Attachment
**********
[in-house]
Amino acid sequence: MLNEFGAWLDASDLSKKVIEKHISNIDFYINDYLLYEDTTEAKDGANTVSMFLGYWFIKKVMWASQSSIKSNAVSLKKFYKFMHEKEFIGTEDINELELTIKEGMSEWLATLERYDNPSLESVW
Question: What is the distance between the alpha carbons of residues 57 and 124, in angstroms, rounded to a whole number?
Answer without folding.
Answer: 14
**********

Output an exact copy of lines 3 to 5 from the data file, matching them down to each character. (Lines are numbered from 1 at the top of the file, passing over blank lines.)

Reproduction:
Question: What is the distance between the alpha carbons of residues 57 and 124, in angstroms, rounded to a whole number?
Answer without folding.
Answer: 14